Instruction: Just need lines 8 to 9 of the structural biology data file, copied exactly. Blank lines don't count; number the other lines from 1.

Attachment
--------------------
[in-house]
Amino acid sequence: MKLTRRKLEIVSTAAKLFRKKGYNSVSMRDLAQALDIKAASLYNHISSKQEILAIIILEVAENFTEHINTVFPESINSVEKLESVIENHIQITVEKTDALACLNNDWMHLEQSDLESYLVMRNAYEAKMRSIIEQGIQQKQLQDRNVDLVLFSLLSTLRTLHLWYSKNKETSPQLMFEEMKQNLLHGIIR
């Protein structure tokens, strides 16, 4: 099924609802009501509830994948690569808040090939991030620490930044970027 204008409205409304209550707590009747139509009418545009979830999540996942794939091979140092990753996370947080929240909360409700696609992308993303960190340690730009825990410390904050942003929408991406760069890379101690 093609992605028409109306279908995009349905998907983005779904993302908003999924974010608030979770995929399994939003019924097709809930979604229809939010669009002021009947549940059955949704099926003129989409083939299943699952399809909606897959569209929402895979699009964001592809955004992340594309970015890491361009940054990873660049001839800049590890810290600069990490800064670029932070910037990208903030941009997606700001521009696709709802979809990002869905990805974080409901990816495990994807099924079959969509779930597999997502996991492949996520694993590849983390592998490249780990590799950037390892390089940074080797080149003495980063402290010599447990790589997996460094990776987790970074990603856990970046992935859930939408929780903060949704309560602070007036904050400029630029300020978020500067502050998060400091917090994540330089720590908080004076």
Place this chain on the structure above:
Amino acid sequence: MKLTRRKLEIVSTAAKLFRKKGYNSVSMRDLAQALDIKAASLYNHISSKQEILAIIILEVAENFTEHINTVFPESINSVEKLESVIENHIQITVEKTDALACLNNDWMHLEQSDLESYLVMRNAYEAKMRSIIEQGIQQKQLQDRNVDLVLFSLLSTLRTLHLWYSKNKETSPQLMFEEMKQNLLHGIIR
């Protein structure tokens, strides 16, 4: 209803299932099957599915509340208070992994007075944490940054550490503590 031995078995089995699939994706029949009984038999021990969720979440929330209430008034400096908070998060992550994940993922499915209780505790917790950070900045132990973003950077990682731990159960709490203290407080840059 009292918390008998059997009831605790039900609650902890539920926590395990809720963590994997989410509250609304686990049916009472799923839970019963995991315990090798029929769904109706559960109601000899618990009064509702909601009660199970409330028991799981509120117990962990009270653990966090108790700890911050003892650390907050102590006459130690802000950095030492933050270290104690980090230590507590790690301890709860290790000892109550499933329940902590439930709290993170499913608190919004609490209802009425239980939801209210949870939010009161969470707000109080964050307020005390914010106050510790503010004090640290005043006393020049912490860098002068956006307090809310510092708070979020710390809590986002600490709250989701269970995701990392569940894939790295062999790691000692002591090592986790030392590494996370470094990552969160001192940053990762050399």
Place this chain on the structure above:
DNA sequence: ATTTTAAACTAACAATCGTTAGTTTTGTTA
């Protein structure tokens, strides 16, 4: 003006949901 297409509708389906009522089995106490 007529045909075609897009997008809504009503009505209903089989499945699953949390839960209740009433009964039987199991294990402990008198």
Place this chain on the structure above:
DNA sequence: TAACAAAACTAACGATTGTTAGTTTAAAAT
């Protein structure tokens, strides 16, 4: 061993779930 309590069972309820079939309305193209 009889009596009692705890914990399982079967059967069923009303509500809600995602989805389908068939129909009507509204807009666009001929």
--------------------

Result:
DNA sequence: ATTTTAAACTAACAATCGTTAGTTTTGTTA
């Protein structure tokens, strides 16, 4: 003006949901 297409509708389906009522089995106490 007529045909075609897009997008809504009503009505209903089989499945699953949390839960209740009433009964039987199991294990402990008198």